Born in Vienna, but worked most of her life in London.
Lucie Rie (Gomperz) was born in Vienna to Gisela and Benjamin Gomperz. From the very beginning of her career as a potter she made distinctly original earthenware influenced by jewellery rather than the ceramics of the time. In 1937 she won a silver medal at the Paris International Exhibition and by the Second World War she was well known in Europe. In the same year she moved to England. Her work and life were profoundly influenced by Bernard Leach and a German immigrant Hans Coper, who went on to become one of the world's leading potters. In 1946, when out of work, Coper was introduced to Lucie Rie and was taken in by her as a shop assistnat. Functional tableware with delicate sgraffitto decoration is typical of Rie's style. She taught at the Camberwell School of Art and in 1968 won an OBE. Rie's work is held in many private collections and can be seen at the V & A Museum.
Up to 1948, her pottery produced red or buff earthen ware. After that, things were made in stoneware. Although nearly all wares were sold under Lucie Rie's name, both potters prodcued work. Two monogram seals, or maker's marks - LR and HC - often apper side by side on the underside of a pot.
She used a top-loading kiln, and worked with Coper beginning in 1949. At this time, Rie intriduced porcelain to her workshop.
It was Coper who first made a stamp with LR for Lucie.
Lucie Rie, by Tony Birks, Chilton Trade Book Publishing, Radnor PA, ISBN 0-8019-7962-5
Lucie Rie and Hans Coper: Potters in Parallel, edited by Margot Coatts, Herbert Press in conjunction with Barbican Art Gallery, 1997, ISBN 1-889250-07-4 (see photo pp. 57 of coffee set, c. 1955
Dame Lucie Rie, DBE (1902 -1995) was an influential Austrian-born British studio potter.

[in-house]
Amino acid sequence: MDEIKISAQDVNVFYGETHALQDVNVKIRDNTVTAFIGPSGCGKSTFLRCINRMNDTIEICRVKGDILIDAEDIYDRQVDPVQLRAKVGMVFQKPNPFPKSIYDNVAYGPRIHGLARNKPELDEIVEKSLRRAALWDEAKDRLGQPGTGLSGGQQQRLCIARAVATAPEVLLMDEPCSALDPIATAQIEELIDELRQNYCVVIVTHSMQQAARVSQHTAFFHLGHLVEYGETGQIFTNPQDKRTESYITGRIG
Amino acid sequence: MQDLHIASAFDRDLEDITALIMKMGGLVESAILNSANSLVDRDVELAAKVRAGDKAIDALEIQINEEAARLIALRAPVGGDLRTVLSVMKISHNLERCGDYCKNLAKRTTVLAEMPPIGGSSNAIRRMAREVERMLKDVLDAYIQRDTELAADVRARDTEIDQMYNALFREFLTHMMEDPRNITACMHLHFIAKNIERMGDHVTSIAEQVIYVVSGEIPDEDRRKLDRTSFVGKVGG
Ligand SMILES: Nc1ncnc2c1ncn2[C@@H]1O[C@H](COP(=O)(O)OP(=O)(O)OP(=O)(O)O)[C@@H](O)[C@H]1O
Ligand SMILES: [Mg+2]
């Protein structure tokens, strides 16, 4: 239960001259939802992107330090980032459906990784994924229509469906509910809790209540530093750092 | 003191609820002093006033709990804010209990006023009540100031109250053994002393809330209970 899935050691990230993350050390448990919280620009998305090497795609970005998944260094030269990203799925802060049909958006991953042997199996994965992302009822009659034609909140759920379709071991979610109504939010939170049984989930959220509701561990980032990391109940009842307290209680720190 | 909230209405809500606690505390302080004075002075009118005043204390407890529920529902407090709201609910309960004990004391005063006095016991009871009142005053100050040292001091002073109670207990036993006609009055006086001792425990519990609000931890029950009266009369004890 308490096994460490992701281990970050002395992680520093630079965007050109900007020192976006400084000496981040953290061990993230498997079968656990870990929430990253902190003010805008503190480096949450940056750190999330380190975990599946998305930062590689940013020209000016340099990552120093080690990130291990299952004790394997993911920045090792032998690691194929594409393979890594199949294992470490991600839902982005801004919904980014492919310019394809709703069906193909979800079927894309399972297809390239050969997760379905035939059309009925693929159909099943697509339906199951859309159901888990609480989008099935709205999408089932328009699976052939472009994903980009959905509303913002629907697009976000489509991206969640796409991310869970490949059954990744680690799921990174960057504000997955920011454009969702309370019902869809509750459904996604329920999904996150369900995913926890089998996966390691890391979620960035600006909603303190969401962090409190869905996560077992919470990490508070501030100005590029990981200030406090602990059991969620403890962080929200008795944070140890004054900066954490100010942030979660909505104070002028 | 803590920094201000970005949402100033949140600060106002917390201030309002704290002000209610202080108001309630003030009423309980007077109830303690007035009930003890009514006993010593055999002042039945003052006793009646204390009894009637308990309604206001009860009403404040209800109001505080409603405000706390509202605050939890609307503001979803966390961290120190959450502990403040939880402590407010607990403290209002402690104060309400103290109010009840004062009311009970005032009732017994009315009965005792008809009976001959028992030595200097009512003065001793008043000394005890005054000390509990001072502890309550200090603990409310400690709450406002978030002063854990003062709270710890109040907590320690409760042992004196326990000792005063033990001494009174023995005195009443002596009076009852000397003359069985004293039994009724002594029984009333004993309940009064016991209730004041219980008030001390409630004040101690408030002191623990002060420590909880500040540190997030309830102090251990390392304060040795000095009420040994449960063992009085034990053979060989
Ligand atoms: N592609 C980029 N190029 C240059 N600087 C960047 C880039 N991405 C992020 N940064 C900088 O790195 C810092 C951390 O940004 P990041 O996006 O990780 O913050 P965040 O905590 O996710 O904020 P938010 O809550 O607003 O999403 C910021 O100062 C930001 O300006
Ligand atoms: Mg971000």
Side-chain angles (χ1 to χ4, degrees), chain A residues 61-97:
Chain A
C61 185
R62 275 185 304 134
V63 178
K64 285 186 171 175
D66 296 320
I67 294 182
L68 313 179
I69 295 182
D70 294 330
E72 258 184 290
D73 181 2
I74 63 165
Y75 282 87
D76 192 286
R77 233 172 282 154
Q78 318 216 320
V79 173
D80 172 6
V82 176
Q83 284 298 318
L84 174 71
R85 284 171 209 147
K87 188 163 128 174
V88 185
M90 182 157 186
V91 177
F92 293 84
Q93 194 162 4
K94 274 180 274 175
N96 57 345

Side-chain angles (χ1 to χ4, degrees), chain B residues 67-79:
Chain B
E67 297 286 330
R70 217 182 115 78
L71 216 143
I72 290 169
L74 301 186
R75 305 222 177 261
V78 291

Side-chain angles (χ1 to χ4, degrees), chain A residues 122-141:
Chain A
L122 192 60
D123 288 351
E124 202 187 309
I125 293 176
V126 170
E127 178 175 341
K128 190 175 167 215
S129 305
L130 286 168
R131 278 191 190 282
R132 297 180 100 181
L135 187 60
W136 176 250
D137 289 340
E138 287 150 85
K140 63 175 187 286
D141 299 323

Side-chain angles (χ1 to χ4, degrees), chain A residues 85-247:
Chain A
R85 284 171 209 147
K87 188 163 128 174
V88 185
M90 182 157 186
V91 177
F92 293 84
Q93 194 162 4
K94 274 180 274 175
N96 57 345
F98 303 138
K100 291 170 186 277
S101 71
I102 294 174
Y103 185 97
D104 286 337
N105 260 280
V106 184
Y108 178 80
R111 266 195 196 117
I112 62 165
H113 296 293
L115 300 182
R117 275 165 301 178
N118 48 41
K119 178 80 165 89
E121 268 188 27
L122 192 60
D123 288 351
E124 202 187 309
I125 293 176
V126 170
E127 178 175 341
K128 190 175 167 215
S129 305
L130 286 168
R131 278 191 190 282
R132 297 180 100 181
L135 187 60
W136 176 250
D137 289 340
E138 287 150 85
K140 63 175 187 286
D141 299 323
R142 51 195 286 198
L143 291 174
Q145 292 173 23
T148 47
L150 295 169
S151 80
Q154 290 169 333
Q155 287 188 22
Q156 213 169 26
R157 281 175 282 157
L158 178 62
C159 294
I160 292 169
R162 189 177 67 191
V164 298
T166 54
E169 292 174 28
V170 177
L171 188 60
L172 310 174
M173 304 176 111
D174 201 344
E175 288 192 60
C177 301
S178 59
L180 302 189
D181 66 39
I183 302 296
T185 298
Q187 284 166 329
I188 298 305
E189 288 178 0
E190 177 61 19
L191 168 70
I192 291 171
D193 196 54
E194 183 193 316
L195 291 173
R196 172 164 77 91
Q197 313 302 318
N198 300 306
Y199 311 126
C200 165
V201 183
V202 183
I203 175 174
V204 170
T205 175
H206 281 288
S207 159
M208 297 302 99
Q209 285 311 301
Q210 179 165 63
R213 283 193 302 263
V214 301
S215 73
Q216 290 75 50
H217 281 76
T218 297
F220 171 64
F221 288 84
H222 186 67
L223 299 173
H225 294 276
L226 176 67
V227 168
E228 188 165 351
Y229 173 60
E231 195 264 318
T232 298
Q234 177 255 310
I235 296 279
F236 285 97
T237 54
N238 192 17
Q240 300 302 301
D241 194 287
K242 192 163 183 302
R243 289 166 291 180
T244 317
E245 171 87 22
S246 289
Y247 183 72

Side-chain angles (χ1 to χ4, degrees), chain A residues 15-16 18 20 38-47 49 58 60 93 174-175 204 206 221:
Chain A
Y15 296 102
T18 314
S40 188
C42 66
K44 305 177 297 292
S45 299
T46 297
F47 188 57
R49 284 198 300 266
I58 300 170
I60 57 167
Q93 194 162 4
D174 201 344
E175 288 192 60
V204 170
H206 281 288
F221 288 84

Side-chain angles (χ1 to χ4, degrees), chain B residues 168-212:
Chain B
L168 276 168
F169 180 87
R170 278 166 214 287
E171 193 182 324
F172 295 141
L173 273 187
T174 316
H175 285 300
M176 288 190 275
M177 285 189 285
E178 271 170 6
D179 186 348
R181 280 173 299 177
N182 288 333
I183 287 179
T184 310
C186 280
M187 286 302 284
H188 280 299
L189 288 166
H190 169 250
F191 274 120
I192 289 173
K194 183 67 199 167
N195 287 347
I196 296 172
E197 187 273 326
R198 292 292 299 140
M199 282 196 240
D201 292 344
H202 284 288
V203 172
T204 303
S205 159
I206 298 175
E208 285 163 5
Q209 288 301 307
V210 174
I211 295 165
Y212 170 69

Life Lucie (pronounced "Lutzie") Rie was born Luzie Gomperz in Vienna, Austria, the youngest child of Benjamin Gomperz, a medical doctor who was a consultant to Sigmund Freud. She had two brothers, Paul and Teddy. Paul was killed in the Italian front in 1917. She studied pottery under Michael Powolny at the Kunstgewerbeschule, the art school associated with the Wiener Werkstätte (the "Vienna Workshops), a craft workshop. She set up her first studio in Vienna in 1925. She exhibited at her first International Exhibition that year, in Paris. In 1937 she won a silver medal at the Paris International Exhibition (the same exhibition for which Pablo Picasso painted Guernica). In 1938 she fled Nazi Austria and emigrated to England, where she settled in London. Around this time she separated from Hans Rie, a businessman whom she had married in Vienna. For a time she provided accommodation to another Austrian émigré, the Austrian physicist, Erwin Schrödinger. During and after the war, to make ends meet, she made ceramic buttons and jewellery, some of which can be seen displayed at London's Victoria and Albert Museum. In 1946 she hired Hans Coper, a young man with no experience in ceramics, to help her fire the buttons. Although Coper was interested in learning sculpture, she sent him to a potter named Heber Matthews, who quickly taught him how to make pots on the wheel. Rie and Coper exhibited together only two years later, in 1948. He quickly became a partner in her studio, where he worked until 1958. Their friendship lasted until he died in 1981. Her small studio was at 18 Albion Mews, a former narrow street of converted stables located just meters from Hyde Park. She would invite just about anyone in for tea as late as the 1980s. Visitors who had seen photos of her studio taken in the 1940s would be amazed that every piece of furniture and pottery was in exactly the same place 40 years later. The studio is to be moved and reconstructed in the new ceramics gallery at the Victoria and Albert Museum due to be opened in 2009. Because of her close collaboration with Coper, and perhaps because they were both pre-war immigrants from German-speaking countries, Rie's pottery is often associated with Coper's, but while his work tended to be sculptural and abstract, Rie's remained predominantly functional. Rie's pottery was also very different from that of Bernard Leach, a dominant figure in British studio pottery from the 1920s to the 1970s. Unlike his rustic, Japanese-influenced pottery, mainly in browns and greys, her work has been described as cosmopolitan and architectural and often was decorated with bright glazes. Rie is particularly known for bowl and bottle forms. Her pottery is displayed in collections around the world, including the Museum of Modern Art in New York, and reaches high prices in salerooms. Rie herself stopped making pottery in 1990, when she suffered the first of a series of strokes. She died at home on April 1, 1995, aged 93. Awards and honours